What is Swamp Pop Music?
Rock 'n' roll came to the swamp and the result was an all-new sound.
There is no greater example of how Louisiana enjoys being itself than swamp pop.
It’s a style of music born out of a regional interpretation of rock ‘n’ roll, R&B, country and French Louisiana musical influences in the 1950s and early '60s that defies time, continuing its popularity today.
“Swamp pop music was created without us knowing it was a different genre,” says Johnnie Allan. Many call him the “King of Swamp Pop,” having recorded “Lonely Days and Lonely Nights” and a stirring version of Chuck Berry's “The Promised Land,” both swamp pop anthems. Allan is quick to add, “I don’t go around wearing a crown."
“Rod Bernard, Warren Storm, Tommy McClain, Clint West and I started recording this music in the late 1950s and early 1960s, not realizing that we were creating a new genre of music. It was called swamp pop in the 1970s by a guy from England named Bill Millar. We just called it south Louisiana music, before then.
“It’s a gumbo or jambalaya; a true native Louisiana music genre,” explains Sharon Fontenot, curator of the Louisiana Swamp Pop Museum in Ville Platte, designated by the legislature in 1995 as the Swamp Pop Capital of the World. The museum is housed in a restored Southern Pacific train depot, where knowledgeable docents, some of whom are swamp pop musicians, tell about the jukebox, costumes and other items on display.
“It’s a cousin to zydeco and Cajun music, but is the red-headed stepchild that never got the recognition that the other two did.”
This may be true from a distance, but to swamp pop fans, it is the music of Louisiana. Just witness the massive crowds that assemble for the Swamp Pop Music Festival in July in Gonzales every year, or check out the packed dance floor at Grace’s Lounge in St. Amant. The secret to its longevity is how it embraces Louisiana traditions and makes it into something of its own.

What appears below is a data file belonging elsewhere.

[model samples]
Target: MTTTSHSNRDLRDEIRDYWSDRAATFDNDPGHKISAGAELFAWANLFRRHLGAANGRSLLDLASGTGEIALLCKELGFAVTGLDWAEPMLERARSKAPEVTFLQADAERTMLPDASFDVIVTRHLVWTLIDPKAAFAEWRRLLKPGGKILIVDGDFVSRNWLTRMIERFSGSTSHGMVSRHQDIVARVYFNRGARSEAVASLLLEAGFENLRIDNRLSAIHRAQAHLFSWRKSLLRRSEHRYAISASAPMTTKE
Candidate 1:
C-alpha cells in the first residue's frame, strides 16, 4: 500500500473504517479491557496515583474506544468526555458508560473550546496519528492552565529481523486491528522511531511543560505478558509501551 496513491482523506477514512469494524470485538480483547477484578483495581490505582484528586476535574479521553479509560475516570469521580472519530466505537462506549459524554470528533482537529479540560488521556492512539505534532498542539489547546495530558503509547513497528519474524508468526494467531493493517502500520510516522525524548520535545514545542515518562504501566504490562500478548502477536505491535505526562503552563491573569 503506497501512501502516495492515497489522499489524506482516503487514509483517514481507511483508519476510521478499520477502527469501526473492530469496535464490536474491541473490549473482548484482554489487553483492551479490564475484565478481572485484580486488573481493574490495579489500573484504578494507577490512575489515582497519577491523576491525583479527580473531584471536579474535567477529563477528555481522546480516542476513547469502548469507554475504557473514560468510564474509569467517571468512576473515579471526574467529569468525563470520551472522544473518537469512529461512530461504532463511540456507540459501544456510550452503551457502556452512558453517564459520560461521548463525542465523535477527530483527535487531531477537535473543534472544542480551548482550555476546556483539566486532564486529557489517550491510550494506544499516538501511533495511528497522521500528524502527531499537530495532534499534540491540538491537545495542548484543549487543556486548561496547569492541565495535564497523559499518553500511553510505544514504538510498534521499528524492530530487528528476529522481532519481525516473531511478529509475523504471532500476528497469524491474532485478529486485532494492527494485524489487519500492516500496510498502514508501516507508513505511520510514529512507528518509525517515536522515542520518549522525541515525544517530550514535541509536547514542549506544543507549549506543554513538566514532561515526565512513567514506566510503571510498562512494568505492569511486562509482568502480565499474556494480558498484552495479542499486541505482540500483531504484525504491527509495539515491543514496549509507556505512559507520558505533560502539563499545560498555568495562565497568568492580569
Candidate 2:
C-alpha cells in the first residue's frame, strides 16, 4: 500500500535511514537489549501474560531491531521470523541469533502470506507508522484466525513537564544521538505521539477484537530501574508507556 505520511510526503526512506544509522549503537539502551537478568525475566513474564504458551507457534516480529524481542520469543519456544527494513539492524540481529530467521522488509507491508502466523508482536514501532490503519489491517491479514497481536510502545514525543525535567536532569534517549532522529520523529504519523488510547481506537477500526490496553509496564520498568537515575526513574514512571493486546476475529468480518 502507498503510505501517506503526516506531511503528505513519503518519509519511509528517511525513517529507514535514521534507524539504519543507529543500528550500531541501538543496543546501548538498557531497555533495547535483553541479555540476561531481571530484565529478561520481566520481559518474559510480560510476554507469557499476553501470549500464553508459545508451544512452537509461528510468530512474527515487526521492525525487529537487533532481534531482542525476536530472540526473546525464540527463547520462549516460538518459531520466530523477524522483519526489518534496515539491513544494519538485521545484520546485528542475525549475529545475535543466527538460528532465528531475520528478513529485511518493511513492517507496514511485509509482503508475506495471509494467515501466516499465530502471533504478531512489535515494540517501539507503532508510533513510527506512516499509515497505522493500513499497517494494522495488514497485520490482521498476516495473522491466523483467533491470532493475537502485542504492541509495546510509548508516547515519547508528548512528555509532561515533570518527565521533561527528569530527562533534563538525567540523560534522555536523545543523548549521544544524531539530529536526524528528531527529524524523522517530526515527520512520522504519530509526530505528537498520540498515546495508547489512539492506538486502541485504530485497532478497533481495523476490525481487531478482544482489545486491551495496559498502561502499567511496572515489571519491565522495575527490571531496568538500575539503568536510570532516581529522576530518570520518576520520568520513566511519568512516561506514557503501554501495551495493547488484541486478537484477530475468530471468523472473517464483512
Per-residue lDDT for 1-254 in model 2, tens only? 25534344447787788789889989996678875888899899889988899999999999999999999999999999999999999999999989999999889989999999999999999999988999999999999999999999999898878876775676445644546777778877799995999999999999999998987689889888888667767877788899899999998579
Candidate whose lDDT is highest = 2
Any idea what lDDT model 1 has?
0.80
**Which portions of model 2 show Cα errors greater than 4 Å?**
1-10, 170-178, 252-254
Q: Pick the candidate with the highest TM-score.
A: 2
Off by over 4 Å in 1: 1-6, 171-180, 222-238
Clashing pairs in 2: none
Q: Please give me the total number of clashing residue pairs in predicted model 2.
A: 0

“What the musicians and recording engineers did was come up with their own idea of what rock ‘n’ roll should sound like for the south Louisiana audience,” says Allan.
“It relies heavily on New Orleans, particularly Fats Domino-style music, that triplets piano sound which is very pronounced in swamp pop music. It’s mostly the ballads. There are a few fast songs that you’d classify as swamp pop, but really swamp pop is your tear-jerkers.”
Allan also adds that while Cajun and zydeco music get a lot of the attention, swamp pop outsold both genres, with hits across the pop and country charts. Freddy Fender adapted swamp pop for country audiences with “Wasted Days and Wasted Nights,” while Phil Phillips’ “Sea of Love” continues to be a beloved song. “That one was a monster,” says Allan.
So next time you are driving through Louisiana listening to KBON out of Eunice and you hear an old swamp pop tune that speaks to the classics while sounding just as bright today, it’s just the sound of Louisiana being itself.
Travel tip: Each Lundi Gras, the Monday before Mardi Gras, the Louisiana Swamp Pop Museum hosts a Swamp Pop Reunion concert. A limited number of tickets are sold, and they do sell out. Make this part of your Mardi Gras celebration!
Alex V. Cook is a Baton Rouge, Louisiana-based author, journalist and music critic. He is a regular contributor to Country Roads Magazine, 225 Magazine, Oxford American and myriad other publications.